The Kargil Review Committee, Report of Task Force on National Security (Naresh Chandra Committee), and the Committee of Experts on Enhancing Capability and Rebalance Defence Expenditure (General Shekatkar Committee) had chalked out a strategy for higher defence management.
In 2017, intelligence and security officials and analysts had said that the absence of a CDS was hampering India’s combat capabilities. With an ongoing proxy war with Pakistan and a stand-off with China on Doklam plateau, many security officials said a single chain of command was imperative to strengthen India’s collective defence might.
About the CDS’ positioning, veteran security analyst Commodore (rtd.) Ranjit observes: “History needs to be heeded as access to the Prime Minister in India as head of the Cabinet matters as India runs on Cabinet Control. President is Commander-in-Chief only formally. The PM retains the real power.” Hence, personality of the Chief matters.”
He recalls: “In 1971 General (later Field Marshal) Sam Manekshaw set a bench mark as the Chairman of Chiefs of Staff Committee (COSC) to act like a CDS with direct access to the Defence Minister and Prime Minister. This instilled confidence and ensured effective preparations for the impending war that followed in 1971. It took months to get the machinery going for that victory, something we ought not to forget.”
But Manekshaw did not make it to the CDS post. He “almost became CDS but then IAF Chief ACM Pratap Lal had objected (as per Lal’s autobiography).”
Rai offers another recall: “When the Navy Chief, Admiral S M Nanda was told by the Defence Secretary on phone that Manekshaw was going to be the CDS, he remarked, ‘make any one anything as long as you do not remove a star from me’, or words to that effect.” Years later, Admiral Sushil Kumar could not become the CDS due to the Air Chief’s objection.
Indeed, several Chiefs of one Service or the other have objected to having a super-boss. If the Army is oldest and many times larger than the Navy and the Air Force, goes the argument, the latter two are more technical in tune with modern times and in no way less in strategic terms.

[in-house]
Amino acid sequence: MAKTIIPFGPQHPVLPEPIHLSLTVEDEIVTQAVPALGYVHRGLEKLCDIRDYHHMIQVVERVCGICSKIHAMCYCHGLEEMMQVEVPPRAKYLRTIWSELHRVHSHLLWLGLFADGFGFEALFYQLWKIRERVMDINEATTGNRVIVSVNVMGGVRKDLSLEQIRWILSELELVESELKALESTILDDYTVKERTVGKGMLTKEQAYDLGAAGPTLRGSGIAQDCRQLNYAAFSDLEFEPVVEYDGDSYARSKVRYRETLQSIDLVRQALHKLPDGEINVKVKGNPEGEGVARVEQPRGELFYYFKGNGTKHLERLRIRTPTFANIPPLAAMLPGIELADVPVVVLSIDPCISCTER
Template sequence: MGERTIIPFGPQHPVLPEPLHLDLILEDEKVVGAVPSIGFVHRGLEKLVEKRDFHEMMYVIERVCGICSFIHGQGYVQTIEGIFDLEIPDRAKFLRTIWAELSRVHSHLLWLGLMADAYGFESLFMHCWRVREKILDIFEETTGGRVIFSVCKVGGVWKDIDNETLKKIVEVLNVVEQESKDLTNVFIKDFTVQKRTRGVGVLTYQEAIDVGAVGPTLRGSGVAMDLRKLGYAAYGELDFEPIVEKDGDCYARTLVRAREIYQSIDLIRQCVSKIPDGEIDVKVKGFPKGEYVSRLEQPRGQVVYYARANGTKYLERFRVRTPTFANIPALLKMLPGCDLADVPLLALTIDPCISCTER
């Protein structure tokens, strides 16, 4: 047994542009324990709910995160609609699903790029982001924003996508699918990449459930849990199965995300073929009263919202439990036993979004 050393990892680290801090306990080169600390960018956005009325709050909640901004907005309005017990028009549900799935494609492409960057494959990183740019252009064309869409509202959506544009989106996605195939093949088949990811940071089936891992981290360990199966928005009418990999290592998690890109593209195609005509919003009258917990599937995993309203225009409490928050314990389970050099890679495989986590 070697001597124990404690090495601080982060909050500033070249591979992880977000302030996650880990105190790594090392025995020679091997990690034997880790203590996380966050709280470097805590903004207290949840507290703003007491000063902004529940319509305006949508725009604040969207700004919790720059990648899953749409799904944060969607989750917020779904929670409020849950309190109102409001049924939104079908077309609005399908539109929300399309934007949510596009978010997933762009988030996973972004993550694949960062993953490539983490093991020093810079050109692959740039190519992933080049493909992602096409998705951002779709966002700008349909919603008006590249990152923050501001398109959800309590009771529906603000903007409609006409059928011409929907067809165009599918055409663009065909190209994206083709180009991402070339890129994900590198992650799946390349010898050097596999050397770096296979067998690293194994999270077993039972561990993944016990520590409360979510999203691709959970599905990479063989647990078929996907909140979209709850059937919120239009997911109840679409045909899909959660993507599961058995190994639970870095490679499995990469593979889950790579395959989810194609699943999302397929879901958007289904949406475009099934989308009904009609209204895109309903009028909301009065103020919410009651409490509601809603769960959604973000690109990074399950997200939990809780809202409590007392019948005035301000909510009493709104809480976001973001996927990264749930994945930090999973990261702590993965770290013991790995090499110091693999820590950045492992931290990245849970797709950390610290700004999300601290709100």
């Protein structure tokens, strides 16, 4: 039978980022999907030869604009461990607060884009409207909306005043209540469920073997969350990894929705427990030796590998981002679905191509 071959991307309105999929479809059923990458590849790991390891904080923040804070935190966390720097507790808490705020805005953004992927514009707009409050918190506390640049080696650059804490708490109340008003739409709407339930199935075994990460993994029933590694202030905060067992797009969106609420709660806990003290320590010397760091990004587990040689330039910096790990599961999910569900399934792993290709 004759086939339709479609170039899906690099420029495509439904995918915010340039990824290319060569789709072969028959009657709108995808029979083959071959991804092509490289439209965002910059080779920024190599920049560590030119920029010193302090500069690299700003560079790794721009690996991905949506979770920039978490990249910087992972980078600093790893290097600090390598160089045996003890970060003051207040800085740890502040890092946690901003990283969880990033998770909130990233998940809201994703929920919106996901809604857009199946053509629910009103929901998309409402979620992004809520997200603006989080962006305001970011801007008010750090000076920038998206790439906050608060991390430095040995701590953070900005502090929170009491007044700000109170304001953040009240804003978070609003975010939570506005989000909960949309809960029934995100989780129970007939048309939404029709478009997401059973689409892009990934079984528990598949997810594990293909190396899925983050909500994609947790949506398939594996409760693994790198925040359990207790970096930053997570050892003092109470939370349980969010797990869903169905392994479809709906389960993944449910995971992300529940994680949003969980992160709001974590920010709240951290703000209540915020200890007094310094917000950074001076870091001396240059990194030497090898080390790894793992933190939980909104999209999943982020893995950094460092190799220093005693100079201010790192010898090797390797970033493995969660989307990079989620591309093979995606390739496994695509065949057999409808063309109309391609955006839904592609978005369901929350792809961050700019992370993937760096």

The Modi Government has ignored/over-ridden such a possibility. But issues could arise in the future. To avoid such situations, Rai strongly recommends, “the CDS will have to bring in Jointness and many challenges will then ease in his big task of tri-Service training and procurement and operations.”
As an aspiring regional power jointmanship is the way forward for India, like the United States, China, the UK and Australia. It may not be easy since the Services Chiefs have had no experience of working under a single, unified command. On the other hand, given the way the system works in India, there is fear that this may end up as another layer, like an onion peel in the multilayered and often opaque decision-making apparatus.
While the Department and the Defence Ministry shall remain intact in its original form, the CDS will be the single-point advisor to the Defence Minister. But that the three Service Chiefs will continue to remain advisors to the Defence Minister about their own Services seems contradictory.
As Lt. Gen. (rtd.) Prakash Menon puts it, in essence, the CDS “is dual-hatted and will have to adjudge contentious issues initially at the inter-service level as Permanent Chairman of the Chiefs of Staff Committee (PC-COSC), and thereafter as CDS at the departmental level.”
This “dual-hatting” is better explained by the need for the CDS to act as a bridge between the political leadership and the military instrument, which has to encompass the shaping of the military through long term plans that are guided politically.